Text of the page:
Brewery Emperial plans to join the East Crossroads brewery boom


This is the beginning,” says Keith Thompson on a misty, gray mid-March morning as he looks at the graffiti-covered building at 1829 Oak. Metal bars block the windows, and the wooden front door would have looked at home on the set of The Wire.

Thompson has worked as the brewmaster at McCoy’s Public House since its 1997 opening, but he’s about to make his mark here. You can already see it: a “BE” he has added to one of the windows in white paint. This tagged-up address is the future home of Brewery Emperial, a four-vessel, 15-barrel brewhouse that Thompson says he’ll open in August with Room 39 restaurateur Ted Habiger and friend Rich Kasyjanski. The partners have met me here to talk about their venture.

“The Crossroads has always been a goal for me,” Habiger says. “I’ve been looking down here for four years for a possible place to do something else.”

“It was just time for me to do a brewery,” says Thompson, who is still working as a consultant for McCoy’s. His longtime employer, he adds, is “still my baby and my legacy.”

The lease for the building, on the same block as Grinders and CrossroadsKC, is signed, and the loan approved. The next step is to build out the 16,000-square-foot property, which Thompson says is “a little bit of a blank slate.” By which he means: four cinder-block walls, few (if any) utilities, some old stools from the Velvet Dog, a line of kegs. They’re consulting with Jonathan O’Neil Cole, of Pendulum, on the building design.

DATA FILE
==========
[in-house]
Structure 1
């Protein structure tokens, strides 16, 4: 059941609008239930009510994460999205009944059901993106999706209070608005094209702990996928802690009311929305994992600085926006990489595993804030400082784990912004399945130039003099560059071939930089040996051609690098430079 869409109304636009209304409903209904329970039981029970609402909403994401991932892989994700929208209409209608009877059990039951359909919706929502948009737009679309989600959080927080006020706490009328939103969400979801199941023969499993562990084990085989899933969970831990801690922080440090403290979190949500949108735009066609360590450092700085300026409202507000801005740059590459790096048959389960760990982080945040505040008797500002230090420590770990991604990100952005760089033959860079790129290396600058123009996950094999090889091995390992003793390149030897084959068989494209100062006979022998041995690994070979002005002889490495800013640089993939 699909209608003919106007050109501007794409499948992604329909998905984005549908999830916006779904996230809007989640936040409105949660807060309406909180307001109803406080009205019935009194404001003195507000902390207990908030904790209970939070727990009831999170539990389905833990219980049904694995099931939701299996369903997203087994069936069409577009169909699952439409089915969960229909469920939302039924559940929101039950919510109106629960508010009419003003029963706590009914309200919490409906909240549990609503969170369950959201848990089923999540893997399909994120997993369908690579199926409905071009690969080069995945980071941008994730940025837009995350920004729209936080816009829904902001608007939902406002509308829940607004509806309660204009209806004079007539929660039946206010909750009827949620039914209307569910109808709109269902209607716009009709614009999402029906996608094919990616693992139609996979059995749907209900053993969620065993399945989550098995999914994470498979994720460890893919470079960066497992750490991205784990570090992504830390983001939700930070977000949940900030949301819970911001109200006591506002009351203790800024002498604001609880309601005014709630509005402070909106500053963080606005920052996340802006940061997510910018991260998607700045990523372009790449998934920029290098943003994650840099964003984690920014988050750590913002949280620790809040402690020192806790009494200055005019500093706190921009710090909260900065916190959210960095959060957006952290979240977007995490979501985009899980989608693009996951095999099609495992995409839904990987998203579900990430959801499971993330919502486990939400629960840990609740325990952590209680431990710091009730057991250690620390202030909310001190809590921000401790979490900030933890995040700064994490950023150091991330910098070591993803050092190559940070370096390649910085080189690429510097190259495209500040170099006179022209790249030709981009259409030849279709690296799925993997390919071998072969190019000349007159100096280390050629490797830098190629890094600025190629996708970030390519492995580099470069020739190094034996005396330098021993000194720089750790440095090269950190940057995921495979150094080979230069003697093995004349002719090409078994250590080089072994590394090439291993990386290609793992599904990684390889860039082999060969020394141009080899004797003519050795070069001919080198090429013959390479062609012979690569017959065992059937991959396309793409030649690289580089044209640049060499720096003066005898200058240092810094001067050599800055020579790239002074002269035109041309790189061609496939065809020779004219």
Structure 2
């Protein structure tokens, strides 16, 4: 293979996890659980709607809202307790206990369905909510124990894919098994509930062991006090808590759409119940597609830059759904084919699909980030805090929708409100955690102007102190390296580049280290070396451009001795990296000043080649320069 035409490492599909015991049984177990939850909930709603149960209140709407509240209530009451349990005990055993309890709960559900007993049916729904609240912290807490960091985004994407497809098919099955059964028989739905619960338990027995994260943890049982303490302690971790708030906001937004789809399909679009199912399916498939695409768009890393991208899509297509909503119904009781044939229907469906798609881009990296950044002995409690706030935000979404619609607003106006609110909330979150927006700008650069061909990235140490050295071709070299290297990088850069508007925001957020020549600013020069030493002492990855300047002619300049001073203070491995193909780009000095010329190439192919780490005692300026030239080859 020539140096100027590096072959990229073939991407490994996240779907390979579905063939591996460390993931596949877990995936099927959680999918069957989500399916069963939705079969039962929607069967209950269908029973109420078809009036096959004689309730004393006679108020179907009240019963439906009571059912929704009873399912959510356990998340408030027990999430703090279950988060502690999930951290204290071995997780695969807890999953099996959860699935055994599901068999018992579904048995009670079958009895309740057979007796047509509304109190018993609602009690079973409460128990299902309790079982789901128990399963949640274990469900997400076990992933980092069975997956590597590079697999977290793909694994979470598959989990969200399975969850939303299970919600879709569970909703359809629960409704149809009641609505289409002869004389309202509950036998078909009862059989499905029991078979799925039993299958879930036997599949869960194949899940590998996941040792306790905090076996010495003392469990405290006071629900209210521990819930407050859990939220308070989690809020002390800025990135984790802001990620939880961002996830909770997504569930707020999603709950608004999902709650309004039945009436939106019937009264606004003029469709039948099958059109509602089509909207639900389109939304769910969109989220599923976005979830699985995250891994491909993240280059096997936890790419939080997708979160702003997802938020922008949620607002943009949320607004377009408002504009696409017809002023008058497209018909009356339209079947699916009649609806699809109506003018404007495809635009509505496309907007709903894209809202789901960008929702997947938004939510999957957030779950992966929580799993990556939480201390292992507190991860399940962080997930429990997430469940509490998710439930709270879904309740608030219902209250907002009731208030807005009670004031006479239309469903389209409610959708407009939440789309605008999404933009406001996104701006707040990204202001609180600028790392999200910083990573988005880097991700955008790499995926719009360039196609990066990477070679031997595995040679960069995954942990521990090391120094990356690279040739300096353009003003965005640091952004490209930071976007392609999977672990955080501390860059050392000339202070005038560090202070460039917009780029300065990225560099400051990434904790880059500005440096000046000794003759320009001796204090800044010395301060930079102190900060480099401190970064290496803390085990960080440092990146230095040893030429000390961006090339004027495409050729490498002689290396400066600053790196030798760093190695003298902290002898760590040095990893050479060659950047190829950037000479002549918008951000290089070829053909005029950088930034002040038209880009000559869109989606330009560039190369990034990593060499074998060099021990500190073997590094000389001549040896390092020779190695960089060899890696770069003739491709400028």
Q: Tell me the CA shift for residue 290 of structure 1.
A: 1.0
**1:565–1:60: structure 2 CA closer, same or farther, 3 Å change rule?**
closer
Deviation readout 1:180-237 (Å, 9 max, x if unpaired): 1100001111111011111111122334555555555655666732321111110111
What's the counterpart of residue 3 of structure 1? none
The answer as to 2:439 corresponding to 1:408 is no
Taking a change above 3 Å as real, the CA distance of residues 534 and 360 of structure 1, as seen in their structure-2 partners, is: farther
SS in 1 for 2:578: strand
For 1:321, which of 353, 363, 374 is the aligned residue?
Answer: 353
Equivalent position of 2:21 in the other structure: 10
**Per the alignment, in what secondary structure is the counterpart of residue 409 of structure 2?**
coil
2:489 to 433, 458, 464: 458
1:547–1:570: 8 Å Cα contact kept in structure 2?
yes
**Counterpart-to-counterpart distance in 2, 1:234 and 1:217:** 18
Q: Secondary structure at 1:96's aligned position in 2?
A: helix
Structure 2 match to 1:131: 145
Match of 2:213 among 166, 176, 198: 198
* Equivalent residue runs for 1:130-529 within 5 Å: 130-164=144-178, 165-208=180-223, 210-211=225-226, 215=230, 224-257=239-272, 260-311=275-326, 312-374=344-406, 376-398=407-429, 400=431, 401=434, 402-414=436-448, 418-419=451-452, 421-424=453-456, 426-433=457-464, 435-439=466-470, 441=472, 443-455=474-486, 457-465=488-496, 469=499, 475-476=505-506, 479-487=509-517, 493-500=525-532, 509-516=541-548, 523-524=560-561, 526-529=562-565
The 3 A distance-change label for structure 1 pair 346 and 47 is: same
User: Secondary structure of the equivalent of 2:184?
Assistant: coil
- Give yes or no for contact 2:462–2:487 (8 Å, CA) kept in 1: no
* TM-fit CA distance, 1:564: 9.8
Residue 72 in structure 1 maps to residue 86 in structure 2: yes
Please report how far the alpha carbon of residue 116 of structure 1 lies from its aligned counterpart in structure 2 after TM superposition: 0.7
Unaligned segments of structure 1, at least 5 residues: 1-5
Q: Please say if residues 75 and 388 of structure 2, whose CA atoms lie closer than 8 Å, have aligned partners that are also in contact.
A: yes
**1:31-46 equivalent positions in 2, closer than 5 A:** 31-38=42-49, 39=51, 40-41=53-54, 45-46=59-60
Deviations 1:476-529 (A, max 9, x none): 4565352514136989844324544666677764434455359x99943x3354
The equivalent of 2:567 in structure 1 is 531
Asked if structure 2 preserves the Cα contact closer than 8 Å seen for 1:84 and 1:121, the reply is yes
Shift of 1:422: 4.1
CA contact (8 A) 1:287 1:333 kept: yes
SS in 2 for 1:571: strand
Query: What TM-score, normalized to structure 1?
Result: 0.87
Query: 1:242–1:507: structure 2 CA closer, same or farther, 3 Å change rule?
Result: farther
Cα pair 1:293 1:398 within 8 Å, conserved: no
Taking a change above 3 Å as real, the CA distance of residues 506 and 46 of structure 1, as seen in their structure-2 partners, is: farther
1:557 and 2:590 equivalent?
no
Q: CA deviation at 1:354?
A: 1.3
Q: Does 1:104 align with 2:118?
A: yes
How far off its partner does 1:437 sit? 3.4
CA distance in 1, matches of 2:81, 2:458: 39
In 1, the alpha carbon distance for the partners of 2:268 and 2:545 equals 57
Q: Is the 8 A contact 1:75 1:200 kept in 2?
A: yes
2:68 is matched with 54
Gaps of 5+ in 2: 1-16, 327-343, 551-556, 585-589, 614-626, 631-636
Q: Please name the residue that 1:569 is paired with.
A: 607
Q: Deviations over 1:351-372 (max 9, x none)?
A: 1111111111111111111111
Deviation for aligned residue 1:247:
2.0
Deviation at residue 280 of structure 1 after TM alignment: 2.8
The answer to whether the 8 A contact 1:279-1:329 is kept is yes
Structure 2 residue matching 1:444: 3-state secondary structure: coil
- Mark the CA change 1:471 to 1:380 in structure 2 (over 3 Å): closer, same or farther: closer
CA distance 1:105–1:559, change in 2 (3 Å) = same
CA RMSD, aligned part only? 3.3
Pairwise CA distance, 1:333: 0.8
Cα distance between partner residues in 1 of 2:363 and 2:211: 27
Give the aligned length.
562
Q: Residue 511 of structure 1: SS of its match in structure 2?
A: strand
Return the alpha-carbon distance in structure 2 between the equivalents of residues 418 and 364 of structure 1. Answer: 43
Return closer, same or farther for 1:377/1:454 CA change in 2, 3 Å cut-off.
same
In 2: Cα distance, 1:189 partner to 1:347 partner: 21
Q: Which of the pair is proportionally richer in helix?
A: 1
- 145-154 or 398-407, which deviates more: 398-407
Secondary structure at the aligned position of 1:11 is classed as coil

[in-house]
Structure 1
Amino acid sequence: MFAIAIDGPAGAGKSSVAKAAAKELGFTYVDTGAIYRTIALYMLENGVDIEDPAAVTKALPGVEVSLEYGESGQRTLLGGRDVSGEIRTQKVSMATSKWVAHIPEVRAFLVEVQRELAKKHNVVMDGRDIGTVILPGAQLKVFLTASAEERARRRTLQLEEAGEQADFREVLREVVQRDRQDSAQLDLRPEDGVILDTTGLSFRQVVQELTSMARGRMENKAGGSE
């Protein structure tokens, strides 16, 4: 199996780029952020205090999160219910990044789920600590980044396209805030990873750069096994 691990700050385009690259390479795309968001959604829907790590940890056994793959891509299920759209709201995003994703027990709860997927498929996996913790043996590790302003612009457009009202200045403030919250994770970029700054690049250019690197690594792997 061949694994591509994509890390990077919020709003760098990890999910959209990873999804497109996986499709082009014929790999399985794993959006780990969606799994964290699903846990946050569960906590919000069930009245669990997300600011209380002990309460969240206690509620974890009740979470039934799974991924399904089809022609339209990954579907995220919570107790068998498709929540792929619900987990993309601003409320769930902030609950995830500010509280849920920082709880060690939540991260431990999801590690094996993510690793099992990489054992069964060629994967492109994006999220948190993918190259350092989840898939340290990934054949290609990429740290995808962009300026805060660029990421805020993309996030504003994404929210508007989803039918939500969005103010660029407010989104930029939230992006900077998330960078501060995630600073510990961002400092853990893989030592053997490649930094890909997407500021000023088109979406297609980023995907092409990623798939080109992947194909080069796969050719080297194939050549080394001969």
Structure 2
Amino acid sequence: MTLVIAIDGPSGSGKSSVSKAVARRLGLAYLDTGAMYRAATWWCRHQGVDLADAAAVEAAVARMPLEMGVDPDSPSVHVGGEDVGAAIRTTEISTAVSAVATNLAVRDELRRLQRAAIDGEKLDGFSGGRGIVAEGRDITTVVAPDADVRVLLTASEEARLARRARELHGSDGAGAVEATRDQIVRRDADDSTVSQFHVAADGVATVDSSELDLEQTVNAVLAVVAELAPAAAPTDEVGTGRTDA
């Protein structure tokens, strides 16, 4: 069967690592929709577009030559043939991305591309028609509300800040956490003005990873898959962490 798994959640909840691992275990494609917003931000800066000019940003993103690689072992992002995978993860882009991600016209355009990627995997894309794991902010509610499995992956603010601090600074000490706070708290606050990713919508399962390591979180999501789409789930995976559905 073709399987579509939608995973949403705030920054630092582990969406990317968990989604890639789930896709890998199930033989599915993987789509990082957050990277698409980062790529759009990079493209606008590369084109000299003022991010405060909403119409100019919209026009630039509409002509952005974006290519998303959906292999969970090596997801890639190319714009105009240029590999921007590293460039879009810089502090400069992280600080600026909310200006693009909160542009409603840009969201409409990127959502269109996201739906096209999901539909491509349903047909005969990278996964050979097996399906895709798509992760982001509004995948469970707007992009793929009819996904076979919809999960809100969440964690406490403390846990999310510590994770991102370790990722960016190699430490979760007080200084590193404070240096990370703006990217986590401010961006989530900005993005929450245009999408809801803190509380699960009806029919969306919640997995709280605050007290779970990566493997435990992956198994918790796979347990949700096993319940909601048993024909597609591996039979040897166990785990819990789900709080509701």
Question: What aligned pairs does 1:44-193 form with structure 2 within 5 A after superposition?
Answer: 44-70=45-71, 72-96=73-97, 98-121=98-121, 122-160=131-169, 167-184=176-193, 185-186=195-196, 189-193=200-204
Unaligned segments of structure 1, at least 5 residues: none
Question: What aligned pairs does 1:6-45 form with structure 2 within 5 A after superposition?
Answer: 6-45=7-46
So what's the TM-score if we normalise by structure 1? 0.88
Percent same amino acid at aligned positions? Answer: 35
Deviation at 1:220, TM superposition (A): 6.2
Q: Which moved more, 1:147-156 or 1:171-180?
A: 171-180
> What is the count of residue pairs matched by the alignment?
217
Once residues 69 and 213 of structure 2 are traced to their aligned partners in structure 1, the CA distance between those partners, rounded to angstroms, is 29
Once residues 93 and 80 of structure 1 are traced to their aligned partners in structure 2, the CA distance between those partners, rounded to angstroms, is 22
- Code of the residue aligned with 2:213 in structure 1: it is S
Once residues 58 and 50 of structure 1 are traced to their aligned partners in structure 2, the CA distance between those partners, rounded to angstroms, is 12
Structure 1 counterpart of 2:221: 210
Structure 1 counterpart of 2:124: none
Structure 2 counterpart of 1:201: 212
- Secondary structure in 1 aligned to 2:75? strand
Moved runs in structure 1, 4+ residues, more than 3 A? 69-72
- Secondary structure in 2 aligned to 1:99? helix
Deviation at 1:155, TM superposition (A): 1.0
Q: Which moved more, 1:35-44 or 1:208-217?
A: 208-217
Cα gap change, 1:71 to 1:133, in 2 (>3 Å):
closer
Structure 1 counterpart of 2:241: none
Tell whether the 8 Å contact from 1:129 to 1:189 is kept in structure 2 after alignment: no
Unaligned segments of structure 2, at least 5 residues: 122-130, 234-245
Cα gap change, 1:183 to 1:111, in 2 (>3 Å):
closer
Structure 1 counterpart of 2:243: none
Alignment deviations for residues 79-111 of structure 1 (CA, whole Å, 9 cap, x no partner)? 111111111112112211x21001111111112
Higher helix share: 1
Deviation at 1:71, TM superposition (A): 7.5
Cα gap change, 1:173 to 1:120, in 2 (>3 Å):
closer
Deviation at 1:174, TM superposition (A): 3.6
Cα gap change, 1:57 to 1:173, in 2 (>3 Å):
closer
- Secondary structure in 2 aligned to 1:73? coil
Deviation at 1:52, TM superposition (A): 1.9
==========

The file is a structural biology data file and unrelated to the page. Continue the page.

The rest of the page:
They expect construction to begin in about 10 weeks. “Once we break ground, it will probably take us three months to start brewing,” Habiger says. “And maybe a month after that, we’ll be open.”


Thompson, Habiger and Kasyjanski walk to the east end of the building — into the future kitchen — and open the garage door and enter a muddy parking lot where the “hot side” of Thompson’s brewhouse will be built. They point to a couple of murals by graffiti artist Scribe. Those will stay, they say, but the partners will likely paint over the rest.

Custom Metalcraft, in Springfield, Missouri, will build Brewery Emperial’s tanks. “We’ll be able to double-, triple-, quadruple-batch more efficiently,” Thompson says. “So it’s built for production. However, when we want to do our one-offs, we don’t have to brew 60 barrels of it. We can do a 15-barrel batch.”

The partners have already purchased a brewhouse from Japanese brewery Hitachino Nest, which recently upgraded its system. A friend of a friend has translated the control panel’s Japanese labels. “He’s been working through the inside, figuring out where everything goes,” Thompson says. (As a tribute to Hitachino Nest, Brewery Emperial may incorporate owls into its logos.)

On the building’s north side, a free-span steel structure will house the brewhouse cellar and fermentation tanks. The building’s south side calls for an open-air biergarten (for about 150 drinkers) enclosed by metal shipping containers. “That’s where the fun’s going to be,” Thompson says. He envisions something similar to a European courtyard.